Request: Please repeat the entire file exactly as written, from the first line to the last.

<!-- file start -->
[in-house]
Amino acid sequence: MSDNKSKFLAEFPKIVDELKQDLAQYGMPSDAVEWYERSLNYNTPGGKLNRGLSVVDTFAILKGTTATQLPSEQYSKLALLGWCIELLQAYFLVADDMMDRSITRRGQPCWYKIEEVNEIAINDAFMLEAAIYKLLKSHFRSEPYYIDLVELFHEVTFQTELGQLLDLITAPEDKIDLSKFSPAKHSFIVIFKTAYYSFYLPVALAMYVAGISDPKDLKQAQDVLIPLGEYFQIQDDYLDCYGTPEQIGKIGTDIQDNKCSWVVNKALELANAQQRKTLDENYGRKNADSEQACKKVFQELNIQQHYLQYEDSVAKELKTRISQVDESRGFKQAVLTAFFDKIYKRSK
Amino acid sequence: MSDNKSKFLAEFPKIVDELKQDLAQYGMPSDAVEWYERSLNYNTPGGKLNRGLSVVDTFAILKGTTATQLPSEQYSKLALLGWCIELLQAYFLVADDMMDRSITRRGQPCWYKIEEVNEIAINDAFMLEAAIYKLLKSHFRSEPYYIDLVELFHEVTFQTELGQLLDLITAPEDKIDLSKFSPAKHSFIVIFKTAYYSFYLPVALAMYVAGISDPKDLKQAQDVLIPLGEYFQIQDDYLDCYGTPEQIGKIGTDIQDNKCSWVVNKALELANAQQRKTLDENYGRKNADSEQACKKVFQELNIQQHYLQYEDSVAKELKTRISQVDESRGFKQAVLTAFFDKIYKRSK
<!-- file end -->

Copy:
[in-house]
Amino acid sequence: MSDNKSKFLAEFPKIVDELKQDLAQYGMPSDAVEWYERSLNYNTPGGKLNRGLSVVDTFAILKGTTATQLPSEQYSKLALLGWCIELLQAYFLVADDMMDRSITRRGQPCWYKIEEVNEIAINDAFMLEAAIYKLLKSHFRSEPYYIDLVELFHEVTFQTELGQLLDLITAPEDKIDLSKFSPAKHSFIVIFKTAYYSFYLPVALAMYVAGISDPKDLKQAQDVLIPLGEYFQIQDDYLDCYGTPEQIGKIGTDIQDNKCSWVVNKALELANAQQRKTLDENYGRKNADSEQACKKVFQELNIQQHYLQYEDSVAKELKTRISQVDESRGFKQAVLTAFFDKIYKRSK
Amino acid sequence: MSDNKSKFLAEFPKIVDELKQDLAQYGMPSDAVEWYERSLNYNTPGGKLNRGLSVVDTFAILKGTTATQLPSEQYSKLALLGWCIELLQAYFLVADDMMDRSITRRGQPCWYKIEEVNEIAINDAFMLEAAIYKLLKSHFRSEPYYIDLVELFHEVTFQTELGQLLDLITAPEDKIDLSKFSPAKHSFIVIFKTAYYSFYLPVALAMYVAGISDPKDLKQAQDVLIPLGEYFQIQDDYLDCYGTPEQIGKIGTDIQDNKCSWVVNKALELANAQQRKTLDENYGRKNADSEQACKKVFQELNIQQHYLQYEDSVAKELKTRISQVDESRGFKQAVLTAFFDKIYKRSK